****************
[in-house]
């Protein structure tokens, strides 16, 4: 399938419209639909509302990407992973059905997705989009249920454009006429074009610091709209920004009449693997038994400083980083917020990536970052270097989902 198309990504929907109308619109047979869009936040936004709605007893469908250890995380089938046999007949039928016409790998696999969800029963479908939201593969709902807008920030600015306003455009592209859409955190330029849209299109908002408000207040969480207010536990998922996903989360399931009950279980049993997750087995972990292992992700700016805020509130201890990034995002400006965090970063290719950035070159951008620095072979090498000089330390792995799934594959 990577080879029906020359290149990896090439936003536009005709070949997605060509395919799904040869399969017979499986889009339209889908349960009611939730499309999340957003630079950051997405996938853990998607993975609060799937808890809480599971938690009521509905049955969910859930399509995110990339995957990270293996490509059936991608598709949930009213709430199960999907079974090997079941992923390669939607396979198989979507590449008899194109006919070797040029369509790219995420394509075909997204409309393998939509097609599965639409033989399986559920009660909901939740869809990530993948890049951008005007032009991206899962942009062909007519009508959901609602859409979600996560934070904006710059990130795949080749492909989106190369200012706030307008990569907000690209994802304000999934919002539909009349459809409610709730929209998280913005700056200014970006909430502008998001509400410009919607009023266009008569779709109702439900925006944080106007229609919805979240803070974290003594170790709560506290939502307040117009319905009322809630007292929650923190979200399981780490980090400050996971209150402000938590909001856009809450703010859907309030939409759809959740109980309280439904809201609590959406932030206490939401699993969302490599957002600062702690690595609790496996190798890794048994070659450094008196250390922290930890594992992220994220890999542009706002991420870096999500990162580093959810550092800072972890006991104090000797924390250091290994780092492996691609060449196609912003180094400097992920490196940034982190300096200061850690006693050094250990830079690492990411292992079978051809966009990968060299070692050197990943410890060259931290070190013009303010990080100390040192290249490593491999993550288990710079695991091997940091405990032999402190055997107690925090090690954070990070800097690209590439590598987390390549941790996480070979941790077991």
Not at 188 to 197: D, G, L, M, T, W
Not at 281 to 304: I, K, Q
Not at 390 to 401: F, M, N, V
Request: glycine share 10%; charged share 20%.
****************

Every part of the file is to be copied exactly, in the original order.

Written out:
[in-house]
């Protein structure tokens, strides 16, 4: 399938419209639909509302990407992973059905997705989009249920454009006429074009610091709209920004009449693997038994400083980083917020990536970052270097989902 198309990504929907109308619109047979869009936040936004709605007893469908250890995380089938046999007949039928016409790998696999969800029963479908939201593969709902807008920030600015306003455009592209859409955190330029849209299109908002408000207040969480207010536990998922996903989360399931009950279980049993997750087995972990292992992700700016805020509130201890990034995002400006965090970063290719950035070159951008620095072979090498000089330390792995799934594959 990577080879029906020359290149990896090439936003536009005709070949997605060509395919799904040869399969017979499986889009339209889908349960009611939730499309999340957003630079950051997405996938853990998607993975609060799937808890809480599971938690009521509905049955969910859930399509995110990339995957990270293996490509059936991608598709949930009213709430199960999907079974090997079941992923390669939607396979198989979507590449008899194109006919070797040029369509790219995420394509075909997204409309393998939509097609599965639409033989399986559920009660909901939740869809990530993948890049951008005007032009991206899962942009062909007519009508959901609602859409979600996560934070904006710059990130795949080749492909989106190369200012706030307008990569907000690209994802304000999934919002539909009349459809409610709730929209998280913005700056200014970006909430502008998001509400410009919607009023266009008569779709109702439900925006944080106007229609919805979240803070974290003594170790709560506290939502307040117009319905009322809630007292929650923190979200399981780490980090400050996971209150402000938590909001856009809450703010859907309030939409759809959740109980309280439904809201609590959406932030206490939401699993969302490599957002600062702690690595609790496996190798890794048994070659450094008196250390922290930890594992992220994220890999542009706002991420870096999500990162580093959810550092800072972890006991104090000797924390250091290994780092492996691609060449196609912003180094400097992920490196940034982190300096200061850690006693050094250990830079690492990411292992079978051809966009990968060299070692050197990943410890060259931290070190013009303010990080100390040192290249490593491999993550288990710079695991091997940091405990032999402190055997107690925090090690954070990070800097690209590439590598987390390549941790996480070979941790077991």
Not at 188 to 197: D, G, L, M, T, W
Not at 281 to 304: I, K, Q
Not at 390 to 401: F, M, N, V
Request: glycine share 10%; charged share 20%.